It's Whale of a Study Time! Find out about "Things you can do" to protect our oceans, bees, rainforests and much more...
Survival of the fittest… What does it really mean? "Peaceful coexistence, not struggle, is the rule in our Darwinian world. A perfectly fashioned individual of a Darwinian species is programmed for a specialised life to be spent for the most part safe from competition with neighbours of other kinds. Natural selection is harsh only to the deviant aggressor who seeks to poach on the niche of another. The peaceful coexistence between species, which results from evolution by natural selection, has to be understood as an important fact in the workings of the great ecosystems around us." Paul Colinvaux, Why Big Fierce AnimalsAre Rare
Many species have been perceived as endangered because of hunting, habitat loss and degradation, chemical and noise pollution, human-induced climate change, unmonitored by-catches, poaching, accidents and disturbance and the pressure on the environment because of the rapid world population growth. Find out about endangered species and ecosystems and learn about some of the most critically endangered animals and plants in the world - listed in the IUCN Red List of Threatened Species. Click on the slide images (below) to read more about their threats and conservation efforts.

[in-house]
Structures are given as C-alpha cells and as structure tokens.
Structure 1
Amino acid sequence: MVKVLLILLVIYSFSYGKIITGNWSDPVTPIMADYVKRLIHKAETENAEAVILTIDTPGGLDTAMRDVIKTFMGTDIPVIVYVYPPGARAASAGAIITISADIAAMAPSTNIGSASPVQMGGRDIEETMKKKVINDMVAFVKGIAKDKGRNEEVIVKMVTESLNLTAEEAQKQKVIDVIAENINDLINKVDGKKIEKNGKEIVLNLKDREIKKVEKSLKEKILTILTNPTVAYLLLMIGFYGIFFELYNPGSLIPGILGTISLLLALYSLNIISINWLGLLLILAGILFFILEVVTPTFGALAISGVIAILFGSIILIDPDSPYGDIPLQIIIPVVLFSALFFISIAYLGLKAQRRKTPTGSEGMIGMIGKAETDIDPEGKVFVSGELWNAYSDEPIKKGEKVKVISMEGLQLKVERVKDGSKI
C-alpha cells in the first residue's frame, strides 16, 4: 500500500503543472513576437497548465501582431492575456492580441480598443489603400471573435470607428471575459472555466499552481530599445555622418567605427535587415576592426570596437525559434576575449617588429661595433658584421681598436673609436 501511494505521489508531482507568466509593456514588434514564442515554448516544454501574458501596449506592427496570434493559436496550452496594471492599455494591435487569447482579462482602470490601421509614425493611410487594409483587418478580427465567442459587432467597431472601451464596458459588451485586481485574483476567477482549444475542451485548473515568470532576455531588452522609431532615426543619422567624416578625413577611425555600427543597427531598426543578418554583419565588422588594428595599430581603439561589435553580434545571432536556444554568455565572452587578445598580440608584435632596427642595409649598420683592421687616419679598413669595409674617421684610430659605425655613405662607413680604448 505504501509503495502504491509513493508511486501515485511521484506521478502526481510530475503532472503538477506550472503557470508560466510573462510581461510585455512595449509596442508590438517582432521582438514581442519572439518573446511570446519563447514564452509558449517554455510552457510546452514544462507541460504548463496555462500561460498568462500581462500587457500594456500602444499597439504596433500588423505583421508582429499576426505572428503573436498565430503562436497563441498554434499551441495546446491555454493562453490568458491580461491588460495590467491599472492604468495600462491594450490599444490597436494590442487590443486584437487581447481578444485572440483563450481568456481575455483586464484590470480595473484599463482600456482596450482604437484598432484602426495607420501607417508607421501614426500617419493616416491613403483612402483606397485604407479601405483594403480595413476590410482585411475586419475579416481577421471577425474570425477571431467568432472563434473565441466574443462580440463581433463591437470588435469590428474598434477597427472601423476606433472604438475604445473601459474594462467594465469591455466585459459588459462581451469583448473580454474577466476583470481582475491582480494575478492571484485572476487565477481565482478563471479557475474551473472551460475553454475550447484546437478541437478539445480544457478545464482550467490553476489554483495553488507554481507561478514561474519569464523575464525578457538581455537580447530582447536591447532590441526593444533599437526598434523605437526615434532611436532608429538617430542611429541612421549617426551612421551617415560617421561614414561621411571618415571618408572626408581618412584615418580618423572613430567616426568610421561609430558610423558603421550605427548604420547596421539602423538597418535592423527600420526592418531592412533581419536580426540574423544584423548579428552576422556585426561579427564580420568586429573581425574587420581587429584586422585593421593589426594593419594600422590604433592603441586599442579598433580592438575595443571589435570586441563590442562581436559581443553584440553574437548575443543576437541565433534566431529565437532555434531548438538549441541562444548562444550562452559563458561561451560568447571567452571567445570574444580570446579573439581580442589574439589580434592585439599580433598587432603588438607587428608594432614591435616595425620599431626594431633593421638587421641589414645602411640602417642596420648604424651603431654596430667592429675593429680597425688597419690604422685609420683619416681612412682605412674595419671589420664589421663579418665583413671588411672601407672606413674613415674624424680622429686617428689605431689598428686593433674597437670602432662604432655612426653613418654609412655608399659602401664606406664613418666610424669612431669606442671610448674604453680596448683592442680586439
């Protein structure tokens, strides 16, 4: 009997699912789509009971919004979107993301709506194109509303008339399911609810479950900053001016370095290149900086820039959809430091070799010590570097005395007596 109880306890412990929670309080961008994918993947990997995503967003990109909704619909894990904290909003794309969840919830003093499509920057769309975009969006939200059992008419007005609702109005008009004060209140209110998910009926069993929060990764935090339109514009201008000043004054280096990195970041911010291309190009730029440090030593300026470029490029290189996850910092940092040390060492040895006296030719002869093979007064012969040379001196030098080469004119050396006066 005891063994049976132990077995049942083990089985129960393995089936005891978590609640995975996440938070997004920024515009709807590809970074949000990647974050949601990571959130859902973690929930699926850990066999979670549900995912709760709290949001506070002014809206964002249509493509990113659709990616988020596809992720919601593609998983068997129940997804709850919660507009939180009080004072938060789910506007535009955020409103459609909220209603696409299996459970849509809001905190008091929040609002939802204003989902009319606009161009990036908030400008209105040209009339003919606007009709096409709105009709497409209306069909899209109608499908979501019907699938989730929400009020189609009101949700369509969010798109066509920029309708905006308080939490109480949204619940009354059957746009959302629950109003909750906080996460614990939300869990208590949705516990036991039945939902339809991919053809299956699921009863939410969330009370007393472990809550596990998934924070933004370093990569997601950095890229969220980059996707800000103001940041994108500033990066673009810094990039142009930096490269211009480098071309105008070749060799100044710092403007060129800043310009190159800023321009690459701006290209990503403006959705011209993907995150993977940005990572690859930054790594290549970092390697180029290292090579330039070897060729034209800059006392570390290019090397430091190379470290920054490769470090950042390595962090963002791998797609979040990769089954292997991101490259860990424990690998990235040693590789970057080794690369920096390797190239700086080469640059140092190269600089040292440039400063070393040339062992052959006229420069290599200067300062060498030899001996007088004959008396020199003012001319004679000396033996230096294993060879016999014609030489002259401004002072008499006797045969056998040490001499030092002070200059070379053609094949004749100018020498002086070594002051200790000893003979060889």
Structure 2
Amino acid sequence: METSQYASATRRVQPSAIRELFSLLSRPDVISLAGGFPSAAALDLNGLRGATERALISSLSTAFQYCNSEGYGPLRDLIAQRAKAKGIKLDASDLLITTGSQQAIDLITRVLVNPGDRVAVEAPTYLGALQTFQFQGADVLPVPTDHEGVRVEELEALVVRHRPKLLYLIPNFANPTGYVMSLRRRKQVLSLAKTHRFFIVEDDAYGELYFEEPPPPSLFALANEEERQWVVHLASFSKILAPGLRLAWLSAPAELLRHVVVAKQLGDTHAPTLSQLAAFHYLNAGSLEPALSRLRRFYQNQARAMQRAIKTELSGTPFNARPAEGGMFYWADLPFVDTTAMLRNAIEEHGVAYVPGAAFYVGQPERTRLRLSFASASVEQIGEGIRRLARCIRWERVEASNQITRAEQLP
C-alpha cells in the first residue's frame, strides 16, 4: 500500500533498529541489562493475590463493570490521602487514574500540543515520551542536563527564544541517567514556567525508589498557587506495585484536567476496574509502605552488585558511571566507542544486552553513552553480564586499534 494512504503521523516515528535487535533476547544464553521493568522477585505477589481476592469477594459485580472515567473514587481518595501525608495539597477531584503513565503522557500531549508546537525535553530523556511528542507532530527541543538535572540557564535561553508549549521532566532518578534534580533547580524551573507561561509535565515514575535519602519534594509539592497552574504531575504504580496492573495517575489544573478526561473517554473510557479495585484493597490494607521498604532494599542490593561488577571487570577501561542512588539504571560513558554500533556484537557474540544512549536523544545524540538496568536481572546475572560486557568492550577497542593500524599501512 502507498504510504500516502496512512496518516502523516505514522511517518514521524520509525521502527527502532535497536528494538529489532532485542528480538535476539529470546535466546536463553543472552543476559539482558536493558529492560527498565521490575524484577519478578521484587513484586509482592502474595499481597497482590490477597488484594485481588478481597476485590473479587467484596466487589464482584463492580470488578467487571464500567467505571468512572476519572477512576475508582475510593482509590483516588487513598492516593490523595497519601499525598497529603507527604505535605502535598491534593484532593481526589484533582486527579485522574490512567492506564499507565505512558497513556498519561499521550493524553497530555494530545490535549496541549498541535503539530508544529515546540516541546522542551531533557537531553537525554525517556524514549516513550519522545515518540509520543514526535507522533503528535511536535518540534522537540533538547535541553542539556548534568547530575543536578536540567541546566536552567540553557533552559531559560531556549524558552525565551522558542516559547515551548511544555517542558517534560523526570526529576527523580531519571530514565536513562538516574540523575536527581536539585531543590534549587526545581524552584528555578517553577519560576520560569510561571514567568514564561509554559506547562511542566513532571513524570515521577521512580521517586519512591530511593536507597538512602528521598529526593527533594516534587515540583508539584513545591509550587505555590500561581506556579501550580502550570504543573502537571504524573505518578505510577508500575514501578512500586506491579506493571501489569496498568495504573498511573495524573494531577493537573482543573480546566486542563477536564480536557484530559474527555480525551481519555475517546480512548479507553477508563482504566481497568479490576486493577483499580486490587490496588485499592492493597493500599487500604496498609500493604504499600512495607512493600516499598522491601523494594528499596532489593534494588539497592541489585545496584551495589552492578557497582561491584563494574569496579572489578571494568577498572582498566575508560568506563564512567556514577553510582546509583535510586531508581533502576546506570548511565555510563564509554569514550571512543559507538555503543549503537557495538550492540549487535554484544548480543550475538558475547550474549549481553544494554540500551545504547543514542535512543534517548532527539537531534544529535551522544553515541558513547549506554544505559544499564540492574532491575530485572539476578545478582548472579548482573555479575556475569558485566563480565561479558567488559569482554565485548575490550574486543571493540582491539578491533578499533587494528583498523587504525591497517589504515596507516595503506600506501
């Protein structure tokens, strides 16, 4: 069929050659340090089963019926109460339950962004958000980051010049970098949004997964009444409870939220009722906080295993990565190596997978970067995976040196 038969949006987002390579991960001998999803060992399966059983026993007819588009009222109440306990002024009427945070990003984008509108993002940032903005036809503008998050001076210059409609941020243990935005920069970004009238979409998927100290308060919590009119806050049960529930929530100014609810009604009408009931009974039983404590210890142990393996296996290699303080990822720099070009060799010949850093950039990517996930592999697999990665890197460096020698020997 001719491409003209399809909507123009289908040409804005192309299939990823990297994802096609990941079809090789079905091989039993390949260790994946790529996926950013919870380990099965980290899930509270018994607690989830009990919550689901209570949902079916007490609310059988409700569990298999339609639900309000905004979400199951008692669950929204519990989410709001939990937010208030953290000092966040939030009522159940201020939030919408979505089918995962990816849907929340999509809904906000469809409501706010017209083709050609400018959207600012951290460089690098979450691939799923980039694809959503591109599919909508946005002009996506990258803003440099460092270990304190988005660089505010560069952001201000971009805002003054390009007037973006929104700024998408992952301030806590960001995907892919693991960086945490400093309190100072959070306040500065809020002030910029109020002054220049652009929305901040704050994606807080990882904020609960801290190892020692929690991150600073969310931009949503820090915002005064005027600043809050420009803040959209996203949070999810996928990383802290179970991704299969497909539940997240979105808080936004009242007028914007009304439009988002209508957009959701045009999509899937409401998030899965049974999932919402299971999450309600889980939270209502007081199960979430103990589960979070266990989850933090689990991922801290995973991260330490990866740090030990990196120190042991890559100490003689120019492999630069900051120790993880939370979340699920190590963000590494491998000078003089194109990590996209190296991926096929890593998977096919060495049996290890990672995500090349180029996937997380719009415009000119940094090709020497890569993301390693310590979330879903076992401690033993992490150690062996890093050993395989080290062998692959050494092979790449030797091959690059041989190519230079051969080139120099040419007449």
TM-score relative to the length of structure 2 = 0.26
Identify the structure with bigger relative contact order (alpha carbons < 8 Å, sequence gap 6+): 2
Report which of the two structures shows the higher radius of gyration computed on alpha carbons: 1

Estimated numbers: 300
Threats: This species is subject to very high rates of habitat loss and is heavily hunted
Threats: Unsustainable Fishing Methods, Entanglement in fishing gear, status as "goddess of the river" was denounced and baiji skin was used to produce handbags and gloves, Longlines with thousands of unbaited hooks used for snagging bottom fish, hook remains are sometimes found in the stomachs of dead animals (Lin et al. 1985, Zhou and Li 1989). Deaths also result from entanglement in gill and fyke nets, Electric fishing, although "strictly banned" in the Yangtze, is widely practiced, Propeller strikes, Explosives, used to deepen or widen river channels or for fishing, Water development has transformed the baiji's habitat in important ways, e.g., by interrupting their movements upstream of dams, eliminating their access to tributaries and appended lakes, and reducing fish productivity, Industrial expansion and intensified agriculture , Pollutant loads in the Yangtze